Today on Context Florida:
Every judge gets a robe and a gavel. Now, Martin Dyckman says it might be necessary to include barbecue mitts. Consider the hot-potato handling in the Tampa divorce case of Mariama Monique Changamire Shaw vs. Keiba Lynn Shaw. Married legally in Massachusetts in 2010, they moved to Florida in 2011 and separated in 2013. After Shaw filed for divorce, the women reached a settlement agreement that included provisions for a child Keiba Shaw had adopted before the marriage. It was a “collaborative” divorce case, of the sort that Florida courts routinely ratify every day.
Labor Day is at least a week into the rearview mirror, so the white pants should be closeted away until next June. Peter Schorsch offers five key questions the answers to which will illuminate Florida politics like jack-o’-lanterns soon will light front porches.
When the Florida courts consider several lawsuits filed recently by the Florida Education Association and other anti-voucher groups, William Mattox hopes someone will call him as a witness. He is a public school parent who agrees that some of our education tax dollars aren’t being spent in a way that serves the public interest.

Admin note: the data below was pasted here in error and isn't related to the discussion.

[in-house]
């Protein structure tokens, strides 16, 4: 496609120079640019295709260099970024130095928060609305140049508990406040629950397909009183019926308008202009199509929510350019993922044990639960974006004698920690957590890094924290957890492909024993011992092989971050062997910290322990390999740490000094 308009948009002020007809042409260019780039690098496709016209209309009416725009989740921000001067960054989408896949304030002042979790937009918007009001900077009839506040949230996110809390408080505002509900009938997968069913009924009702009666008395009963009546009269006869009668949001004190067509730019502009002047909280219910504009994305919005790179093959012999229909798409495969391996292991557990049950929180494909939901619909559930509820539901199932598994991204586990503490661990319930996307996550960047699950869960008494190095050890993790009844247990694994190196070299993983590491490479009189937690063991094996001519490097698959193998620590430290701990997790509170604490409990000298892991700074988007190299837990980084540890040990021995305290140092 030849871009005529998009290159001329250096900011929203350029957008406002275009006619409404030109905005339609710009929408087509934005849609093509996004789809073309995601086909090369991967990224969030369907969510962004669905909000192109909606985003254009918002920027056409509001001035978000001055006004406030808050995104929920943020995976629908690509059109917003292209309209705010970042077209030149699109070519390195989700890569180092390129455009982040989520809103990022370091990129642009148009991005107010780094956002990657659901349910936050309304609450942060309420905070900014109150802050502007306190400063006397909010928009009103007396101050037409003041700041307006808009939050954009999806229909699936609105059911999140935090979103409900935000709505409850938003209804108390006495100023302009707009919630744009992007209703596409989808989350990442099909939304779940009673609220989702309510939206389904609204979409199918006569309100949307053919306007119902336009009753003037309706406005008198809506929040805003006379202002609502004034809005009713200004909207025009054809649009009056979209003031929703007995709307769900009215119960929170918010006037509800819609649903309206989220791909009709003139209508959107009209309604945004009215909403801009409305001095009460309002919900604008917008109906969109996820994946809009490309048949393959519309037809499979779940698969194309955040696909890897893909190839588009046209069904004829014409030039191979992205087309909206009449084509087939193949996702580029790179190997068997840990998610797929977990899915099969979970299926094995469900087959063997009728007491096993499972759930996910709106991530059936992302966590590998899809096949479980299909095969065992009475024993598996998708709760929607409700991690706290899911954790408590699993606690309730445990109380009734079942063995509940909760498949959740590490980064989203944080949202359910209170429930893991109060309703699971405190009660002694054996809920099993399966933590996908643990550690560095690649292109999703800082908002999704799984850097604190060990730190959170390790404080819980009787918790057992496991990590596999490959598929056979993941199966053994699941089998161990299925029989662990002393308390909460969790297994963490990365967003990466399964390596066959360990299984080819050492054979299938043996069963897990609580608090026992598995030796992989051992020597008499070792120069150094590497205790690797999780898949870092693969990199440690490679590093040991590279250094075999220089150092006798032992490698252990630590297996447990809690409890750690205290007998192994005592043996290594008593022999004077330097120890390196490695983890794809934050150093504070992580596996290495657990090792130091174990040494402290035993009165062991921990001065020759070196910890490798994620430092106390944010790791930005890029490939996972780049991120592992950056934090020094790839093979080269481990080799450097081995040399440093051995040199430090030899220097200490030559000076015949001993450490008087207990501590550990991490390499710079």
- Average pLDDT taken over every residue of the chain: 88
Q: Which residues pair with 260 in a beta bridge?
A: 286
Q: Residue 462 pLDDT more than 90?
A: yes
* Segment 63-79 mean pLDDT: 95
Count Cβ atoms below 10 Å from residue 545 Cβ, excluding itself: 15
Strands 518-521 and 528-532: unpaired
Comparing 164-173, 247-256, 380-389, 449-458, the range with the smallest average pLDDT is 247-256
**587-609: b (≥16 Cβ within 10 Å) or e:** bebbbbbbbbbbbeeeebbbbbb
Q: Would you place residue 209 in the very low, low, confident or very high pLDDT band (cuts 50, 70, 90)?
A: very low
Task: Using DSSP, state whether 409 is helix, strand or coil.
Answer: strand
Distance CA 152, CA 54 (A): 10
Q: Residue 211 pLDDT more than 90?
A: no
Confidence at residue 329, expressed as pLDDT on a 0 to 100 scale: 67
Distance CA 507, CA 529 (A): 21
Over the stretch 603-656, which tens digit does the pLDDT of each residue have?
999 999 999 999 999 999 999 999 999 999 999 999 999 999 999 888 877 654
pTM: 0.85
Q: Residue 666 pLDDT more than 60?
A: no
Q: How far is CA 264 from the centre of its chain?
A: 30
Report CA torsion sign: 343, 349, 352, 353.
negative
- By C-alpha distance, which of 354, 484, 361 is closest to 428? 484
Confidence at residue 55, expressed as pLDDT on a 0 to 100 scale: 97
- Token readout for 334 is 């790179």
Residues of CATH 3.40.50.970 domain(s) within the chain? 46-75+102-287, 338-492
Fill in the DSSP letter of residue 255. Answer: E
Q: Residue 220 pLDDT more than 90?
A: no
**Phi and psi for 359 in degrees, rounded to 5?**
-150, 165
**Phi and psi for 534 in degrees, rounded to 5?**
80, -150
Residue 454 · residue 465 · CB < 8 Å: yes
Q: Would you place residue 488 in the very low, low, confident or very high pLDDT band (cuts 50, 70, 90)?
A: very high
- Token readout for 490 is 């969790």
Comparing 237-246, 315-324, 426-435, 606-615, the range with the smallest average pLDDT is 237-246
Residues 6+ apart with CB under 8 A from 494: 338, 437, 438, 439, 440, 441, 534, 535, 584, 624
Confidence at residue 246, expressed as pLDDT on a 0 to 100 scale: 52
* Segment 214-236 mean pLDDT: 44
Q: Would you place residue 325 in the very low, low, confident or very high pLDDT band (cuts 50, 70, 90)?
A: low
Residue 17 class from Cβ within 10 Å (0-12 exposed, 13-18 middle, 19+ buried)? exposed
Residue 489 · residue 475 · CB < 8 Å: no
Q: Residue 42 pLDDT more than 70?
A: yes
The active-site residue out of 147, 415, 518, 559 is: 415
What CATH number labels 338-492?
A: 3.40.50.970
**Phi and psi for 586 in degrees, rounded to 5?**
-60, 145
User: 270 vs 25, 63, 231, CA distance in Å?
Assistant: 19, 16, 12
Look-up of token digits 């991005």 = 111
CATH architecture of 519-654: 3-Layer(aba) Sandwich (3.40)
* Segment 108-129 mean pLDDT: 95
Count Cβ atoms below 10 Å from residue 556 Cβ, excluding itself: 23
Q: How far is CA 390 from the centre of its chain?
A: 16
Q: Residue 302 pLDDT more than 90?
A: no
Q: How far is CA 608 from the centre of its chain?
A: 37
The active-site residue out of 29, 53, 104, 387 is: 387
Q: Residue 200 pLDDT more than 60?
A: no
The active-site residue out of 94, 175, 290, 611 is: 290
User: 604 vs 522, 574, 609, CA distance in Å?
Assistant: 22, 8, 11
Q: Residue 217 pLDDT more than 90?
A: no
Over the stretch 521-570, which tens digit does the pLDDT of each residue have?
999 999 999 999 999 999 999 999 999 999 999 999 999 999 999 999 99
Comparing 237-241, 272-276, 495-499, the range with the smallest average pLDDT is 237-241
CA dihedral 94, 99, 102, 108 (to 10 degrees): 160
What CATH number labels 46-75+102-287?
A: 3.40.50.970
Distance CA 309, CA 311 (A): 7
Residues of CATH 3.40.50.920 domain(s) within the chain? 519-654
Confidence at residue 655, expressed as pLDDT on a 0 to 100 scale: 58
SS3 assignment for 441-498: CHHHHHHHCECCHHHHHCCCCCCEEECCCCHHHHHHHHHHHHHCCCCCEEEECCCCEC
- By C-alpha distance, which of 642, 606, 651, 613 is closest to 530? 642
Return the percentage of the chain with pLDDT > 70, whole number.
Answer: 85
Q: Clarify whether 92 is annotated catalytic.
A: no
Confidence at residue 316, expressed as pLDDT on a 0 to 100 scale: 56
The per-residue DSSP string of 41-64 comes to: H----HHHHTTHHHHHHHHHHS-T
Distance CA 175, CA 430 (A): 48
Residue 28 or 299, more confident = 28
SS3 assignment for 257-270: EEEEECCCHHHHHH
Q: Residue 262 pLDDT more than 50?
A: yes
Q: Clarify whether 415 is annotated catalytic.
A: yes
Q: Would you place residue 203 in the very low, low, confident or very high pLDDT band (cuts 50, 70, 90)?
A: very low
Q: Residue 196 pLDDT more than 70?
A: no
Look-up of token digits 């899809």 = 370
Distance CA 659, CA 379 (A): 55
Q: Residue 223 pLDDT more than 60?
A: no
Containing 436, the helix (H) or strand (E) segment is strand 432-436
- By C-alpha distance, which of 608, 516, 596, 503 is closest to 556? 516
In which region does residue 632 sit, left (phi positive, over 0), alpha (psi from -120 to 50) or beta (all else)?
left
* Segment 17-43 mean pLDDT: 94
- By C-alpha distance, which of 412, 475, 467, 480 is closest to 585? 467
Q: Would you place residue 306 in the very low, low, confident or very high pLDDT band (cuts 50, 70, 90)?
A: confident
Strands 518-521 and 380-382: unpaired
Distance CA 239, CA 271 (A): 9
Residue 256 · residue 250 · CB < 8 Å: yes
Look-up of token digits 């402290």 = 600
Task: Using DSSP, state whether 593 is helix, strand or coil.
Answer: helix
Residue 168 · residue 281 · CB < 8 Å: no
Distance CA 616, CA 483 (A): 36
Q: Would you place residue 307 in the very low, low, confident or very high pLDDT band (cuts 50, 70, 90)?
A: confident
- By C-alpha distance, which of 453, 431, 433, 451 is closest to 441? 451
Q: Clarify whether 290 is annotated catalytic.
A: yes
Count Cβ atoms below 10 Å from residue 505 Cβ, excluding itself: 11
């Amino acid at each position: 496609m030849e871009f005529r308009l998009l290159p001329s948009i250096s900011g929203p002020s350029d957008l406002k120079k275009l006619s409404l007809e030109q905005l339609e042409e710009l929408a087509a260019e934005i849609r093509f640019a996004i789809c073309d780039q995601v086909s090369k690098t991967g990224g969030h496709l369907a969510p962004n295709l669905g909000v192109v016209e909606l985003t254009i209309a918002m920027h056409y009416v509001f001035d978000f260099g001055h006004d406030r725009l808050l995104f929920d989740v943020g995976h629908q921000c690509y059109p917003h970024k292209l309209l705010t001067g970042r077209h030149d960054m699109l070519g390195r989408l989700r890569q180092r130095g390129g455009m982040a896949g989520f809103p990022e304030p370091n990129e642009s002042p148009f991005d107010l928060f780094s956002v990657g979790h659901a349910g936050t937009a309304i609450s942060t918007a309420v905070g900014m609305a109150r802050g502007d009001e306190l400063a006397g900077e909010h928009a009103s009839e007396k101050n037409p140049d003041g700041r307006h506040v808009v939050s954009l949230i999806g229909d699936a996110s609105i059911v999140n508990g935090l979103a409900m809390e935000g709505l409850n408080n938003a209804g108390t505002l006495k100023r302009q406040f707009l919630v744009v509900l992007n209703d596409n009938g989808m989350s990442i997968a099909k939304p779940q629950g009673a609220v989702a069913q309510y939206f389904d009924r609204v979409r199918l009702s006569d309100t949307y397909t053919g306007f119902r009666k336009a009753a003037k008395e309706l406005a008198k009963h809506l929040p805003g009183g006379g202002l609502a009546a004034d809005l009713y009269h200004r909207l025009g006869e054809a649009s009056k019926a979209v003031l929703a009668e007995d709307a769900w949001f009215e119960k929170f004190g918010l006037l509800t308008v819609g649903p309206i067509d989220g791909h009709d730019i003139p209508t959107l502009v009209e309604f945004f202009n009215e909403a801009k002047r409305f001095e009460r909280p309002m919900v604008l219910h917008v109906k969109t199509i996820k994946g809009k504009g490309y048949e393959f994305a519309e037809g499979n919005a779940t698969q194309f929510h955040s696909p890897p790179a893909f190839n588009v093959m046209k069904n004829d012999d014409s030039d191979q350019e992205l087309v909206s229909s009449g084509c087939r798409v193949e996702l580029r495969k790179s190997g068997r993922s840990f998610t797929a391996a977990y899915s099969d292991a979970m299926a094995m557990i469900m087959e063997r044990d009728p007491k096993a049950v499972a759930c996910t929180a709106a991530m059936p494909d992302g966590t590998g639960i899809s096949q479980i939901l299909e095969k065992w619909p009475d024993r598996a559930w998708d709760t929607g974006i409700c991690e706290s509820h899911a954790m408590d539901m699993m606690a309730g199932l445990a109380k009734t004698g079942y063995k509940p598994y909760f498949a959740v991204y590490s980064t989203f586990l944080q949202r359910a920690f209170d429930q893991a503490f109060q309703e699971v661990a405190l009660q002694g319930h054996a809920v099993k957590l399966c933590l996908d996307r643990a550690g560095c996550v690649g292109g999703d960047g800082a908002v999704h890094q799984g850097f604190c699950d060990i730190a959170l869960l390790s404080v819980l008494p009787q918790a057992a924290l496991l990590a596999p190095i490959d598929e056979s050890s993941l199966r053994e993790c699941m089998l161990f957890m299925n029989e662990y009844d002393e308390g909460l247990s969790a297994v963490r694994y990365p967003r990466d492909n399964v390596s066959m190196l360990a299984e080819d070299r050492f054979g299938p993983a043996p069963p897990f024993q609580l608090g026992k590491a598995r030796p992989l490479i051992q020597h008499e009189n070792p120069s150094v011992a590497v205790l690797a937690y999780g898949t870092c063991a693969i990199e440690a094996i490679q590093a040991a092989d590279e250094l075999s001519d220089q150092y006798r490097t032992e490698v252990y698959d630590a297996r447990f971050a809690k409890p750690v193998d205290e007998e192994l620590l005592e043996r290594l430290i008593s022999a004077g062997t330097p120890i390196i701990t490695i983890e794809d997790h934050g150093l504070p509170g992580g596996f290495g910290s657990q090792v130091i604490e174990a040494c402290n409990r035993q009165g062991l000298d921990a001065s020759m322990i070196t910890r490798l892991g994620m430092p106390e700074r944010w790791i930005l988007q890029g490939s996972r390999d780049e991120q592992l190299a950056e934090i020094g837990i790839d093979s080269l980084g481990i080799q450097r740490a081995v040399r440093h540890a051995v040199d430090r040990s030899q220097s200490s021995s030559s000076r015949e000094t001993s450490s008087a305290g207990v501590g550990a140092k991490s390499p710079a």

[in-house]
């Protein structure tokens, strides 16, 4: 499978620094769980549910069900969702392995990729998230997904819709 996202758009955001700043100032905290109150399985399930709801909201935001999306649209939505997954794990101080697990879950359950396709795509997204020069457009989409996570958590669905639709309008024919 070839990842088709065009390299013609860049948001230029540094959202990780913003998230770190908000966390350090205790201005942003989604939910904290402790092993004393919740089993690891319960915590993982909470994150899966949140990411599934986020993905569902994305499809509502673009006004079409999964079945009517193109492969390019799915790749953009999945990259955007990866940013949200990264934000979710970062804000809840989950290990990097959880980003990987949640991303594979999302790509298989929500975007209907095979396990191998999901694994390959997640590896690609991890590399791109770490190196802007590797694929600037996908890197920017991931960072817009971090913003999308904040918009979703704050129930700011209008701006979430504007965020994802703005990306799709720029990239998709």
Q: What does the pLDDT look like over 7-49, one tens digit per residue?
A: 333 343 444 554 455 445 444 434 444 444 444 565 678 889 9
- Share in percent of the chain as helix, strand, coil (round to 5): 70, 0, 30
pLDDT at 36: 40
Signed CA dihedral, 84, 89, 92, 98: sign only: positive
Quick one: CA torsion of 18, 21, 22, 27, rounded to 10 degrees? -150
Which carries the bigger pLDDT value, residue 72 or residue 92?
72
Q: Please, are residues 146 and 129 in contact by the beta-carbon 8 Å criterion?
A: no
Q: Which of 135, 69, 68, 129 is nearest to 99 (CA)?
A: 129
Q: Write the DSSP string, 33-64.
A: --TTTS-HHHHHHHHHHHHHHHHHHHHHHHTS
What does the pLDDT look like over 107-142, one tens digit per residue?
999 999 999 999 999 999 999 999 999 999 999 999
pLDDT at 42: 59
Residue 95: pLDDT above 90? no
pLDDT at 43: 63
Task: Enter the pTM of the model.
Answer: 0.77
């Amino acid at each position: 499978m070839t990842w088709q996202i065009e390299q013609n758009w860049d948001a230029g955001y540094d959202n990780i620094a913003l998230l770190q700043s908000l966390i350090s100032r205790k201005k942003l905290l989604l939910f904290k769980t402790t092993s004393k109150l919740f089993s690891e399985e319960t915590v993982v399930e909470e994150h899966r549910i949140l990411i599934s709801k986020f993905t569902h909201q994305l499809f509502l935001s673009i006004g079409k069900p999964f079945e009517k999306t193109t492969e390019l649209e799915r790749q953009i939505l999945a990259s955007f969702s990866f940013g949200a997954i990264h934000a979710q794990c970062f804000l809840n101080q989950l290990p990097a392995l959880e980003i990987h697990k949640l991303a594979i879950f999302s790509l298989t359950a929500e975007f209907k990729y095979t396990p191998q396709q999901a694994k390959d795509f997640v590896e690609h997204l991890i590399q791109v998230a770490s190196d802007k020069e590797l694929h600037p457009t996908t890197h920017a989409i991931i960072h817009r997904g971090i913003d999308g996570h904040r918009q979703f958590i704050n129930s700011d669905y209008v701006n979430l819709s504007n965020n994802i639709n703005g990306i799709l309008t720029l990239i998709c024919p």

Scott Rothstein is the former South Florida attorney sentenced to 50 years in federal prison for perpetrating a $1.2 billion Ponzi scheme. Before he got caught, Andrew Skerritt notes that Rothstein took enough smiling pictures with Charlie Crist to fill a photo album. The Republican Party of Florida has been aggressively running ads accusing Crist of letting Rothstein pick judicial appointments in exchange for campaign contributions.